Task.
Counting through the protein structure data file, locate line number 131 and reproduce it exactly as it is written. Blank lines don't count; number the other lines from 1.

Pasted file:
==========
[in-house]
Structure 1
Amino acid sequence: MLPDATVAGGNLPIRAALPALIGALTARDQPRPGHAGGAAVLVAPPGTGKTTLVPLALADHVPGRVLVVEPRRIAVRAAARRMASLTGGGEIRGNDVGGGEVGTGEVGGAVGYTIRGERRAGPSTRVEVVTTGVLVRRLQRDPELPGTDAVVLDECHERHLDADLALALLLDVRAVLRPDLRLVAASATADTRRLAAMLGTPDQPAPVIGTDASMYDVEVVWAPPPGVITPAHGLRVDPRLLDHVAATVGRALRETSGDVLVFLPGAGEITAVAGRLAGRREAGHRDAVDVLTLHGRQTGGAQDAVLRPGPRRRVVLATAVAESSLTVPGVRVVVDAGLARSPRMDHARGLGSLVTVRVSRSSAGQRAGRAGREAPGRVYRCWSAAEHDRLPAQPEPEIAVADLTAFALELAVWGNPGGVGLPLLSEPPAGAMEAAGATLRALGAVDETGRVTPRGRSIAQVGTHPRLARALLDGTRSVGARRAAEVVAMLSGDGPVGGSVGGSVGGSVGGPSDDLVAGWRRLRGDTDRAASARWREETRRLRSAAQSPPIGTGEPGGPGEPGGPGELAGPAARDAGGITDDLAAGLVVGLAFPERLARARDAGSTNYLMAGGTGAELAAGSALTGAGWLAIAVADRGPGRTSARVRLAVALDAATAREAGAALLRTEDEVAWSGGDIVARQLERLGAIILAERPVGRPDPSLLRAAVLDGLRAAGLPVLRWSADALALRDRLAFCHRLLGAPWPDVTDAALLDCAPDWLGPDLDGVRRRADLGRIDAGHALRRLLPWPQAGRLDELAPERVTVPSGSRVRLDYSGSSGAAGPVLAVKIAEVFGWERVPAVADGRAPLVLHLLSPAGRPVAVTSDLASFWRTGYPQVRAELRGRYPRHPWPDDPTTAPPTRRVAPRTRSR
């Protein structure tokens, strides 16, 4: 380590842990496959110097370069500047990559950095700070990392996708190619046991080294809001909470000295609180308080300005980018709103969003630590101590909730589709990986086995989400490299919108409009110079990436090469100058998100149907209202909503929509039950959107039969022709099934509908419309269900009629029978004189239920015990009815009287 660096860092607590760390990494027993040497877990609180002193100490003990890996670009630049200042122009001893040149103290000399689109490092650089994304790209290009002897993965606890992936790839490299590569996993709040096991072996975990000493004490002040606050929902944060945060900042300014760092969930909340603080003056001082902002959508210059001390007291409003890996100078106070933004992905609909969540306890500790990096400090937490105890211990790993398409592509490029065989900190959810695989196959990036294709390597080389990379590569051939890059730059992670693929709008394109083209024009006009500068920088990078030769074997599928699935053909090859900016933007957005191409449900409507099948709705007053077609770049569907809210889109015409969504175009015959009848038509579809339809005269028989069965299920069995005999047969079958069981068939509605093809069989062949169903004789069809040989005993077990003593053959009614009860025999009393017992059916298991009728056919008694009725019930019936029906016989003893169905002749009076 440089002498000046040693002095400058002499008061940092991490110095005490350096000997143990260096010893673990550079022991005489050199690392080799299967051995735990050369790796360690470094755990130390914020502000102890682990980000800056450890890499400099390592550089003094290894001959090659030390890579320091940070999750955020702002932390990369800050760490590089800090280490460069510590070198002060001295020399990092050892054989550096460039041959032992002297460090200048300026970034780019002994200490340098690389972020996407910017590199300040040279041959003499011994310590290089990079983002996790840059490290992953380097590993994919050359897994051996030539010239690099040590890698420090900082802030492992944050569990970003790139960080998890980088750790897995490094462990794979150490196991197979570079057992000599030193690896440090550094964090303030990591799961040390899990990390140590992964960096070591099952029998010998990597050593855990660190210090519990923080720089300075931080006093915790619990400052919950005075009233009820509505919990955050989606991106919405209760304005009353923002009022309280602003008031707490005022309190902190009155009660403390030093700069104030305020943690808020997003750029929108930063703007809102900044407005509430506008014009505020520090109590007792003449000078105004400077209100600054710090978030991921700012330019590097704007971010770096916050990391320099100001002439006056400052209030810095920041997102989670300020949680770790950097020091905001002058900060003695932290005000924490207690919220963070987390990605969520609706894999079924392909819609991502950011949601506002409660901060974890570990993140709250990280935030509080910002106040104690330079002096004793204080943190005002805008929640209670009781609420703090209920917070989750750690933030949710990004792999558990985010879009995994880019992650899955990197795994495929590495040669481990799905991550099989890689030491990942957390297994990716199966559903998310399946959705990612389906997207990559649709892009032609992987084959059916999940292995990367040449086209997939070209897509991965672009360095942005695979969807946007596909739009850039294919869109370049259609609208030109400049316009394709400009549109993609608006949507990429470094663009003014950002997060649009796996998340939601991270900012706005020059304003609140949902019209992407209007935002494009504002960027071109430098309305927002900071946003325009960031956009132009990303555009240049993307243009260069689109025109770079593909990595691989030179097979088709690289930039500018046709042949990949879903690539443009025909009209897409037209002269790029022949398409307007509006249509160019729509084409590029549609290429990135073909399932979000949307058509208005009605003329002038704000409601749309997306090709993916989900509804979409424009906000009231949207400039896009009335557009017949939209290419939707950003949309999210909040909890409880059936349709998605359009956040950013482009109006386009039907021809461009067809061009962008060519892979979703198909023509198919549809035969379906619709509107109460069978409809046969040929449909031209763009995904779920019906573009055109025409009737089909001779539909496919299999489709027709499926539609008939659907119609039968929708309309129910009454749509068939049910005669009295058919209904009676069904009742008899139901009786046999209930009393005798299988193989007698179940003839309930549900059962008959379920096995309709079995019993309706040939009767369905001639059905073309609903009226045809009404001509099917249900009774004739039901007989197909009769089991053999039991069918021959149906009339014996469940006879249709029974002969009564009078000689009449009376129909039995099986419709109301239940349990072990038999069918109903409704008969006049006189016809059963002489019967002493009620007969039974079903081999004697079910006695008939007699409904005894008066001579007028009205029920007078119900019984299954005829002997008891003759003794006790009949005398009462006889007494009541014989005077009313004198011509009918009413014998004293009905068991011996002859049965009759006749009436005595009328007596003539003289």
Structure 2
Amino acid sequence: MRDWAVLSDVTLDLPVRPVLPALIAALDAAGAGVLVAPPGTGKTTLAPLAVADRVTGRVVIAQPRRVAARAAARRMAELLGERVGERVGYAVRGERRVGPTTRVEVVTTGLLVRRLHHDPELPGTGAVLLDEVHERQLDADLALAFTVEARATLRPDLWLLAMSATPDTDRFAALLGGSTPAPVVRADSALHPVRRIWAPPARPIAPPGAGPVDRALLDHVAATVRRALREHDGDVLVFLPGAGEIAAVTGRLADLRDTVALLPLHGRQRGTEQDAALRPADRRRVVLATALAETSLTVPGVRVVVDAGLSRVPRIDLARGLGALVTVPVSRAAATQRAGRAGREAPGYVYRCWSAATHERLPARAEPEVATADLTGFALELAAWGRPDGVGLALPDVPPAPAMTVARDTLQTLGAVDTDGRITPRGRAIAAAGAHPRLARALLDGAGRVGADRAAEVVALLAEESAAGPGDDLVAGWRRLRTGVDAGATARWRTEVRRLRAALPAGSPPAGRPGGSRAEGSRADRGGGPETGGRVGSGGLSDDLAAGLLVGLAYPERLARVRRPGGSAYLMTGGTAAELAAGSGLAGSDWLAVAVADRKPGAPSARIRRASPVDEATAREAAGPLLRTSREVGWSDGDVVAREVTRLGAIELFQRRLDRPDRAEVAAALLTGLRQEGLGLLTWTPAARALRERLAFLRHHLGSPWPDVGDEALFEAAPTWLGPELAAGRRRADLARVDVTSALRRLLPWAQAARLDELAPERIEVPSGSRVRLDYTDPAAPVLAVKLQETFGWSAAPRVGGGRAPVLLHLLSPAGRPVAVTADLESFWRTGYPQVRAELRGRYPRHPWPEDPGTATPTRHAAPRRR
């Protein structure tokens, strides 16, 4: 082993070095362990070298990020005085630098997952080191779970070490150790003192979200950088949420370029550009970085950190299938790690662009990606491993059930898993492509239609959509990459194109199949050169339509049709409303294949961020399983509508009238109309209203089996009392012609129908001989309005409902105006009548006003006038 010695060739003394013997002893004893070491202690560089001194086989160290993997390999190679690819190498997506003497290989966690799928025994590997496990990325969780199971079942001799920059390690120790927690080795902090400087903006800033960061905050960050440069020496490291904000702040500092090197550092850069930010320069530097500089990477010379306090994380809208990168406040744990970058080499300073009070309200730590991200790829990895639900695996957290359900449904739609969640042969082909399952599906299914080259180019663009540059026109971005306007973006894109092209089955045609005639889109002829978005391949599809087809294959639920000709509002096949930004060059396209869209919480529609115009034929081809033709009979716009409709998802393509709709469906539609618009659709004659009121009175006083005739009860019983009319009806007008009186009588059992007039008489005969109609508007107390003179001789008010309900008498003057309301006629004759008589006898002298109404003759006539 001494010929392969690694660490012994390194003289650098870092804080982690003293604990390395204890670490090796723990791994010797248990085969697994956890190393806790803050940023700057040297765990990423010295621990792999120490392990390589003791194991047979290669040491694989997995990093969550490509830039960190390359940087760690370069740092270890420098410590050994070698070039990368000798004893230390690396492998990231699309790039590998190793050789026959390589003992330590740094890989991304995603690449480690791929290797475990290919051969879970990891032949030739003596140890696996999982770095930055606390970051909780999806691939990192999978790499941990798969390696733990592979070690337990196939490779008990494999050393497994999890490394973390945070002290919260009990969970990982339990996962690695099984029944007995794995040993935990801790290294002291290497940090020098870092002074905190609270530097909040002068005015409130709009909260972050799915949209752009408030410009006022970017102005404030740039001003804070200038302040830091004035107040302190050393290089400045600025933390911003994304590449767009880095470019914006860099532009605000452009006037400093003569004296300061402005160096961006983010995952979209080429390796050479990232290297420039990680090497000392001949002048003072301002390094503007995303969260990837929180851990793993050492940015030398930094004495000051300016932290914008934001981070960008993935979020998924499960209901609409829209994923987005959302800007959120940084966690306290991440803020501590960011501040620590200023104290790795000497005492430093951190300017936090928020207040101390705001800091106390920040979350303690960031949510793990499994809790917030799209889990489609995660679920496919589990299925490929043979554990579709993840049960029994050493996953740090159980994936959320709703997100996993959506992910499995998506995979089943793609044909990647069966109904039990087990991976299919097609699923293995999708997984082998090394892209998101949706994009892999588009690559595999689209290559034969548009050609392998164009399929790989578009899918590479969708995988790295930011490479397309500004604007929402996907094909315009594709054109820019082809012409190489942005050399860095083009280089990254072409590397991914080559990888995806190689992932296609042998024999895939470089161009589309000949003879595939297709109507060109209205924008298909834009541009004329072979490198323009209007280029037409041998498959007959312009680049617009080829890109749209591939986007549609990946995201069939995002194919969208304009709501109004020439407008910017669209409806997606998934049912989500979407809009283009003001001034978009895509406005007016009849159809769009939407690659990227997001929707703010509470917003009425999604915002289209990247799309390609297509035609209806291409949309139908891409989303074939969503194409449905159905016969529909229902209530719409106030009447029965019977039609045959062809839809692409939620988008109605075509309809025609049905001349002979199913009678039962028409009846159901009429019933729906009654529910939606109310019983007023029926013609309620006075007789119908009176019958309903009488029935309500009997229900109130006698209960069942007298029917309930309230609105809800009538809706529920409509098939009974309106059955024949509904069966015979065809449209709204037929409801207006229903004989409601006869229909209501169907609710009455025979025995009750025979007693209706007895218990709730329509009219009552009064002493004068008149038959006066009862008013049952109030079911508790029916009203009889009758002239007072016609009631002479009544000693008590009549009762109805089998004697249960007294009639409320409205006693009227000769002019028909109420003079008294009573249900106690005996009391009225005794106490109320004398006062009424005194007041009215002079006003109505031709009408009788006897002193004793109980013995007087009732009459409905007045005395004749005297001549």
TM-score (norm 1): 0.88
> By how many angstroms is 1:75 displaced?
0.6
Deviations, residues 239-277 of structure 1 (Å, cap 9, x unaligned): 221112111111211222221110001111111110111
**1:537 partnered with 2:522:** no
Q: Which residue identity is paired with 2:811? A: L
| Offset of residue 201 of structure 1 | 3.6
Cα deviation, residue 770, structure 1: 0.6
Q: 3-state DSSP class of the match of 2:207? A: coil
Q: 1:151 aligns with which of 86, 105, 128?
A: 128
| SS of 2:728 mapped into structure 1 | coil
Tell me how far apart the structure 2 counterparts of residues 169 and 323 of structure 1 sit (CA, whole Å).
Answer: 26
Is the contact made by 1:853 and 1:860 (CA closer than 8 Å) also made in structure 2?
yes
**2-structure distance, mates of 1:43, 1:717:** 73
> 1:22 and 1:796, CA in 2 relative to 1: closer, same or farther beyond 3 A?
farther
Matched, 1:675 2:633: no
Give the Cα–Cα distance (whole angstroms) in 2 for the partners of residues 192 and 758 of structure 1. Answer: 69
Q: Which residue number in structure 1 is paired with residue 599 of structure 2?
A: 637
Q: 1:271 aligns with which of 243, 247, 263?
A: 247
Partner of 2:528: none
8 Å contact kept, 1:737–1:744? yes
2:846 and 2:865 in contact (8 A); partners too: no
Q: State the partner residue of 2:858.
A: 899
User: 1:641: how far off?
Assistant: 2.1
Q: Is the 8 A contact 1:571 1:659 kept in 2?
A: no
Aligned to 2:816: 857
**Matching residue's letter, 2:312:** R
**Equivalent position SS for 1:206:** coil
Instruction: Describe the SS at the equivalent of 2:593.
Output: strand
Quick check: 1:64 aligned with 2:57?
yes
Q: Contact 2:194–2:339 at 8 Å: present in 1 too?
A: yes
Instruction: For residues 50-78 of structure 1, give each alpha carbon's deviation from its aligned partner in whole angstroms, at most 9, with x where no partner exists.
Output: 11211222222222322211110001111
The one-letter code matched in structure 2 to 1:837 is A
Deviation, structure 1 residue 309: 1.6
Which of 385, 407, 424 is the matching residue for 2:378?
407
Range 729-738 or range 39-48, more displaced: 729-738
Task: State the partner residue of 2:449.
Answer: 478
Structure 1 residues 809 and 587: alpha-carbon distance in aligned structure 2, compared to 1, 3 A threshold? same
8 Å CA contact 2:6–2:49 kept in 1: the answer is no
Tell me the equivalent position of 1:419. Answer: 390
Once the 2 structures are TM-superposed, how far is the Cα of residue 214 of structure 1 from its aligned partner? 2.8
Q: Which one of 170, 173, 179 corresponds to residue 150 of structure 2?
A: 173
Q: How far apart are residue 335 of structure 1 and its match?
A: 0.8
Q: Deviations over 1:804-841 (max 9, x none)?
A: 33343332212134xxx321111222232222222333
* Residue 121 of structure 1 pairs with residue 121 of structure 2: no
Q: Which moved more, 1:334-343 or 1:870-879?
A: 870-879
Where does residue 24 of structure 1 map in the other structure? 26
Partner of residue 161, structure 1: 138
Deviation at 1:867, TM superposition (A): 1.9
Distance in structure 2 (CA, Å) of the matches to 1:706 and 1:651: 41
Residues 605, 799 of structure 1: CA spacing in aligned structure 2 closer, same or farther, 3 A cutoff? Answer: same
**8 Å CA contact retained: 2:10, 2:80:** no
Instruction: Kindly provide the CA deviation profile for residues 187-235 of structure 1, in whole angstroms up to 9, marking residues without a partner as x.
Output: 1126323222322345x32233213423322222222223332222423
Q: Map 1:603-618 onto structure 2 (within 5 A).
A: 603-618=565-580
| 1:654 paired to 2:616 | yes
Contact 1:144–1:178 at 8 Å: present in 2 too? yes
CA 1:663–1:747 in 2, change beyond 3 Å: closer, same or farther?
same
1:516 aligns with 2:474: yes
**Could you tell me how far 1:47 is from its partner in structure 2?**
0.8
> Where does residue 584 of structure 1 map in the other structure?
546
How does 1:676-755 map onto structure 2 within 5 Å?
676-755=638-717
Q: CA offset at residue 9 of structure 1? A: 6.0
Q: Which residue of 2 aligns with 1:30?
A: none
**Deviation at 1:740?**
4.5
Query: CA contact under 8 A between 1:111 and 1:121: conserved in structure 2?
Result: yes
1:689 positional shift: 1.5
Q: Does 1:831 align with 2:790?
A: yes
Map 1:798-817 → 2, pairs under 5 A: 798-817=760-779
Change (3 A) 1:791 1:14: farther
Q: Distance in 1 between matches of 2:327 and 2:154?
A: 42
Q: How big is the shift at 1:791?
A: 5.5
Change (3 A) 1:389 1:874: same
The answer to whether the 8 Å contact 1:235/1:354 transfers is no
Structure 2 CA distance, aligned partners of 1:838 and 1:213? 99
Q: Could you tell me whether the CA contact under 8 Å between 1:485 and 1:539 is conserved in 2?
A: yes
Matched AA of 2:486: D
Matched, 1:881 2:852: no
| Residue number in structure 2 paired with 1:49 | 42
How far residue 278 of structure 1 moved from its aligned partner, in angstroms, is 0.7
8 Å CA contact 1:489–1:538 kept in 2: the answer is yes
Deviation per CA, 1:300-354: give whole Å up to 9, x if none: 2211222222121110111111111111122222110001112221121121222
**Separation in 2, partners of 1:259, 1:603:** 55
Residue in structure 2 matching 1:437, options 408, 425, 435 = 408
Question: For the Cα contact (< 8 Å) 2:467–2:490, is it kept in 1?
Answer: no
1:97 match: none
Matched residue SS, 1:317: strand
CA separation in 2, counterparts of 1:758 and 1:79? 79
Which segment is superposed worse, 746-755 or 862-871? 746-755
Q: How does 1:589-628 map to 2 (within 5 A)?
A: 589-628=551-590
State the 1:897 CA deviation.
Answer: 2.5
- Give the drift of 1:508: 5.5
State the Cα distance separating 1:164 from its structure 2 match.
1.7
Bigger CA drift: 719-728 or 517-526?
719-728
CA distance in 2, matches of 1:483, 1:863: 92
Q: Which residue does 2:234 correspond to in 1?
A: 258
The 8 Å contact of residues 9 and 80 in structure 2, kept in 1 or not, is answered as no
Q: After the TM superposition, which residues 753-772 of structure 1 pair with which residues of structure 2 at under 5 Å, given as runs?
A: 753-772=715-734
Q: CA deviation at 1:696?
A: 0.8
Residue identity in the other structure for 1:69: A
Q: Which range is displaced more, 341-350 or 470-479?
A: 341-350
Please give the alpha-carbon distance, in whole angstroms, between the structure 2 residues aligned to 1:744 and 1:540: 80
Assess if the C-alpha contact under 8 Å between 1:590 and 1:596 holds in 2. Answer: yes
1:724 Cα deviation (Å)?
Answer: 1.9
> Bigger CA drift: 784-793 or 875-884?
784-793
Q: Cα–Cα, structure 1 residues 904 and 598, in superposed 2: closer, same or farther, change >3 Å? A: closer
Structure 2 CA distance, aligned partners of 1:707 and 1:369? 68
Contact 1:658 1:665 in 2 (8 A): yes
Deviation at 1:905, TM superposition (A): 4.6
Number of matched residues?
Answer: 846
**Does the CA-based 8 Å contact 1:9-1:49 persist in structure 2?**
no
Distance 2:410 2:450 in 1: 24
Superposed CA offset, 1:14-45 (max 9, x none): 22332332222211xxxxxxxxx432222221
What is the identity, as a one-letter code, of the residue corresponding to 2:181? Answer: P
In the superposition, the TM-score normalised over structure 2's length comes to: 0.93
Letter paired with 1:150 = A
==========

State the 1:897 CA deviation.